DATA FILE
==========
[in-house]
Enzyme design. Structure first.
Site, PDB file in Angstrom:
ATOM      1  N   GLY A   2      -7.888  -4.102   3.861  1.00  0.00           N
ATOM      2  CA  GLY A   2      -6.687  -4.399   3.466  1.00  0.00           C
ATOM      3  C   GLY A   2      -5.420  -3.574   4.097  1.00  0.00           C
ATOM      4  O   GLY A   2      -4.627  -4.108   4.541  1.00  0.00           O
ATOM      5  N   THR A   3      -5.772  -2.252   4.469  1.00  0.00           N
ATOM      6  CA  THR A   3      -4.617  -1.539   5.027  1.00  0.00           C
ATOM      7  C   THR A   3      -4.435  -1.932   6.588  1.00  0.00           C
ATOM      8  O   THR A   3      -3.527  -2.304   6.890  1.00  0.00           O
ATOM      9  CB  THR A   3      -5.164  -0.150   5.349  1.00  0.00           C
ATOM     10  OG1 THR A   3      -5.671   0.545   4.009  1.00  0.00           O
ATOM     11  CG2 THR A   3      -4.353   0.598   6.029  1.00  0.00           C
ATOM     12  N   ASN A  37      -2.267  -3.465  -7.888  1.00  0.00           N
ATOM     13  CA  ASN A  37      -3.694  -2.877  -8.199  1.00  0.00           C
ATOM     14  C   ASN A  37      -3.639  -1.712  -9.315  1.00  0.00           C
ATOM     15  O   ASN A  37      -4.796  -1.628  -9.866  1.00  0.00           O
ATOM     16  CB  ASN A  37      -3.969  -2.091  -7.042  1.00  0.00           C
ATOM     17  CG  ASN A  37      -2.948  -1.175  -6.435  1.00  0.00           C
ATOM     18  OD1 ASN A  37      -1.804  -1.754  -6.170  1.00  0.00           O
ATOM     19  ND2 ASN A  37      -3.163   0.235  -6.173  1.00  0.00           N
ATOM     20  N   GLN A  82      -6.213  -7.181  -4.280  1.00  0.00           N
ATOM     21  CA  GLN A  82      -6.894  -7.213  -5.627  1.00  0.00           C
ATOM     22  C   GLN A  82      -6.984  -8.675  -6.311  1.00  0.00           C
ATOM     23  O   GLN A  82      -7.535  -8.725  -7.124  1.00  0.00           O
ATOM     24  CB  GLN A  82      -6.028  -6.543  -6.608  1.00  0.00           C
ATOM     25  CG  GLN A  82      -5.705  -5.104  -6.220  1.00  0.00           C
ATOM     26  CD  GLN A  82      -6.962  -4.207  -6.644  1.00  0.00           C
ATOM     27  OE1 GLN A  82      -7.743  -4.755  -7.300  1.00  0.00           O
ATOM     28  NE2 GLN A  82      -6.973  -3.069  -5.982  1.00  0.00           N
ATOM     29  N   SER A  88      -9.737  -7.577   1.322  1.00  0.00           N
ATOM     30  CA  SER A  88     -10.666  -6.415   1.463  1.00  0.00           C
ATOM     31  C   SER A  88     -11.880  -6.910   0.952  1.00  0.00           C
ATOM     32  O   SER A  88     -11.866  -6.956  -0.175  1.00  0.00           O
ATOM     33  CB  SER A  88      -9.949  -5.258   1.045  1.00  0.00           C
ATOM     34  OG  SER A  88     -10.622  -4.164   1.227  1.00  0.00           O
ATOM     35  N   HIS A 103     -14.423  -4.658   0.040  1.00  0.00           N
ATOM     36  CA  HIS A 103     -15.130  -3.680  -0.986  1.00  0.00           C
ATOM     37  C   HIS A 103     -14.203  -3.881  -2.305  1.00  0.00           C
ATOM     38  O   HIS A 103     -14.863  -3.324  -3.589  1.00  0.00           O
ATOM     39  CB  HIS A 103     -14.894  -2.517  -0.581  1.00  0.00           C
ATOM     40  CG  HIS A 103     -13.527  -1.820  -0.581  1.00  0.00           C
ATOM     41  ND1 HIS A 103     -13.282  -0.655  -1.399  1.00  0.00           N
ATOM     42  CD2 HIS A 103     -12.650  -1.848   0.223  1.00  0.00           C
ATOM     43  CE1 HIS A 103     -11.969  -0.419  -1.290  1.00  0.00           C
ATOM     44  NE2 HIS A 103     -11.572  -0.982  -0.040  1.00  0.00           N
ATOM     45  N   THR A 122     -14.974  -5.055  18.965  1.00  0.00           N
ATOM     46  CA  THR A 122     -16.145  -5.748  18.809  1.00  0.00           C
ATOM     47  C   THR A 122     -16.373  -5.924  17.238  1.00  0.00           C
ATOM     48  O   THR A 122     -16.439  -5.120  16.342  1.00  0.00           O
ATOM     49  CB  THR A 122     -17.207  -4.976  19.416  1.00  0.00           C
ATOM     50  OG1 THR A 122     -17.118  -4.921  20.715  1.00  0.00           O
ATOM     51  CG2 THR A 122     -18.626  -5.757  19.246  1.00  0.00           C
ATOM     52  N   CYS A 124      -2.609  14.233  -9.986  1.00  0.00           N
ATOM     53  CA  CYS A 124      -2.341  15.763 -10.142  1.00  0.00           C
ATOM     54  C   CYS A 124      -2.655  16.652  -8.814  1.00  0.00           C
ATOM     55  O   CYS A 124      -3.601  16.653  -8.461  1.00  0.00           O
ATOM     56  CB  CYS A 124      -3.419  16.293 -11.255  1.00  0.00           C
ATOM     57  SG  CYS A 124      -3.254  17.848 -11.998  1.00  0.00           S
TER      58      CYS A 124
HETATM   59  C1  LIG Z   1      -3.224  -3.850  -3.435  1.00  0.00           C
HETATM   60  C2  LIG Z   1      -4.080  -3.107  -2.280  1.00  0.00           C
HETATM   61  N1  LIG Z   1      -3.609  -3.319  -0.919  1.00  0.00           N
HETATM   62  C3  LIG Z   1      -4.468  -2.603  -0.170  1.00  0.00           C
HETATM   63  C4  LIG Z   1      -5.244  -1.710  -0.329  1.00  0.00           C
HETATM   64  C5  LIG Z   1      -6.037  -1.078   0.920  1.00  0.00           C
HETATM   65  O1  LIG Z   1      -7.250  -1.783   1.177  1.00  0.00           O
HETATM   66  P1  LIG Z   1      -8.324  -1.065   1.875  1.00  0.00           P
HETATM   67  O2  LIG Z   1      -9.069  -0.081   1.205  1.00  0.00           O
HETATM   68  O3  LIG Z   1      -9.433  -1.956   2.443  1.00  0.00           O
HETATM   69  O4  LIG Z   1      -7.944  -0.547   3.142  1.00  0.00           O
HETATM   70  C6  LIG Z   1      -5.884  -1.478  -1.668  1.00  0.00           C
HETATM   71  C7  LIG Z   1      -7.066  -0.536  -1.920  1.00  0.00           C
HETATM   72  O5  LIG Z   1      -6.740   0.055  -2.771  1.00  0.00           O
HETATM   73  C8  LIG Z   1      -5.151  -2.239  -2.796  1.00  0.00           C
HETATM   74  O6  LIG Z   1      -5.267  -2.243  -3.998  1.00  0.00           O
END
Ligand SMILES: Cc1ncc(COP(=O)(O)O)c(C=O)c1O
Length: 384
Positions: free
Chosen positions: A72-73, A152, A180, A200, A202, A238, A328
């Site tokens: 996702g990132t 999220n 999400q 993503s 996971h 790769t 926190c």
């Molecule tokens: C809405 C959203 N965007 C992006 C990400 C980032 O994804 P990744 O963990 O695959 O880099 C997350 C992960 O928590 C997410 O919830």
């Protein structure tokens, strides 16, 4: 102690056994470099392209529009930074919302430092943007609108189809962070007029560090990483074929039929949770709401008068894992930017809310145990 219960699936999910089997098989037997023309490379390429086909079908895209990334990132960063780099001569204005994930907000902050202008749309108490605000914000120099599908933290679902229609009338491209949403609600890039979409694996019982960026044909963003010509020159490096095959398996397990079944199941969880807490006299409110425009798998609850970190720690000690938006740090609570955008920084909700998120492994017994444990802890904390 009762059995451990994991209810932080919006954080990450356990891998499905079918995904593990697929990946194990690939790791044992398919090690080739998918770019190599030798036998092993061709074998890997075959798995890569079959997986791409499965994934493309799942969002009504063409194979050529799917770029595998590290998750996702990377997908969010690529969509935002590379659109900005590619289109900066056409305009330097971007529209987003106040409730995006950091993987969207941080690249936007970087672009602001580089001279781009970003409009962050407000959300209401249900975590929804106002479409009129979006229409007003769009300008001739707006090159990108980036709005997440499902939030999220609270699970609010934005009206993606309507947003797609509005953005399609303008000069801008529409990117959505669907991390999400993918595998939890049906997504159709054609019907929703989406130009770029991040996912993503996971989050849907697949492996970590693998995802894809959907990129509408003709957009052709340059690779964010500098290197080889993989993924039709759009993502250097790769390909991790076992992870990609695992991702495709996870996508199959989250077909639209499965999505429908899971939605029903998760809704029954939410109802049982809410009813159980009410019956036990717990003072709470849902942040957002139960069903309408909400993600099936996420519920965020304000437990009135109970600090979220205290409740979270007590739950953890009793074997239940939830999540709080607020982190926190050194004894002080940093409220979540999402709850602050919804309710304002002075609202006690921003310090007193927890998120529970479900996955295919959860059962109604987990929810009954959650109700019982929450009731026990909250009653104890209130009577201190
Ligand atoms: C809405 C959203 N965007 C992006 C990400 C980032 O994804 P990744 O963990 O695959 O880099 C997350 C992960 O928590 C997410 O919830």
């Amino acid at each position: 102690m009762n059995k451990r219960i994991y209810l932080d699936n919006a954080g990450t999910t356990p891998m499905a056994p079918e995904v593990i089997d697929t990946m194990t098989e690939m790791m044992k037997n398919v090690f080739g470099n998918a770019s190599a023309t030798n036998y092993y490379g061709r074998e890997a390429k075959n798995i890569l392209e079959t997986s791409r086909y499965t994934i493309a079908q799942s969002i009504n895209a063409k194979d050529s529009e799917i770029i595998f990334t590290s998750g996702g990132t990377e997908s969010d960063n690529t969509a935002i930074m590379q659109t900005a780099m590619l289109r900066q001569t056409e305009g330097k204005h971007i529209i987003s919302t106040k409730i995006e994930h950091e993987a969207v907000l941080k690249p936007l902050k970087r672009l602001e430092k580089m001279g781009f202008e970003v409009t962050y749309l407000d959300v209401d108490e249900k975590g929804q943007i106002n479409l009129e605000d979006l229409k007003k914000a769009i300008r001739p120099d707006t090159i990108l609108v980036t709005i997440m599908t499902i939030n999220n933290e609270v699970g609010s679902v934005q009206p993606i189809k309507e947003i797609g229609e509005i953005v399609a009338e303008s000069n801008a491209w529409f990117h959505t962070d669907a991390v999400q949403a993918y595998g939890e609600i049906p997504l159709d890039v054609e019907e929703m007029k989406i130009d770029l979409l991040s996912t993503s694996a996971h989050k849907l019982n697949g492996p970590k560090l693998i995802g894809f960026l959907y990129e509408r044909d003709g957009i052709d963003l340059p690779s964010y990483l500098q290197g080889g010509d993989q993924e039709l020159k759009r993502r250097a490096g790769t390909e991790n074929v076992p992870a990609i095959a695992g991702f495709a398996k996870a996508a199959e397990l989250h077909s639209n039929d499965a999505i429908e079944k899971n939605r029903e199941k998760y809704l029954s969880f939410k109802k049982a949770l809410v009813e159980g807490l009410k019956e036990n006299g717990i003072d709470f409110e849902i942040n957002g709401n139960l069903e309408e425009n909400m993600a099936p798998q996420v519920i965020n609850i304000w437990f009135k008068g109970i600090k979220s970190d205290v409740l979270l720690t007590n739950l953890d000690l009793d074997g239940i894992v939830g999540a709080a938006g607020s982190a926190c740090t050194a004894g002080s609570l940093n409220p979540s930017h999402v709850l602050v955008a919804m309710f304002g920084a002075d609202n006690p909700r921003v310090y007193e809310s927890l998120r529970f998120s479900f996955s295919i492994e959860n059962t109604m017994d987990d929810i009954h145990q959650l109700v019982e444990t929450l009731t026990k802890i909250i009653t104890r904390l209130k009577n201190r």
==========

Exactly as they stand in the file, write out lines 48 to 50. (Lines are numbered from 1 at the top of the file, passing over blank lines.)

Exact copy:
ATOM     45  N   THR A 122     -14.974  -5.055  18.965  1.00  0.00           N
ATOM     46  CA  THR A 122     -16.145  -5.748  18.809  1.00  0.00           C
ATOM     47  C   THR A 122     -16.373  -5.924  17.238  1.00  0.00           C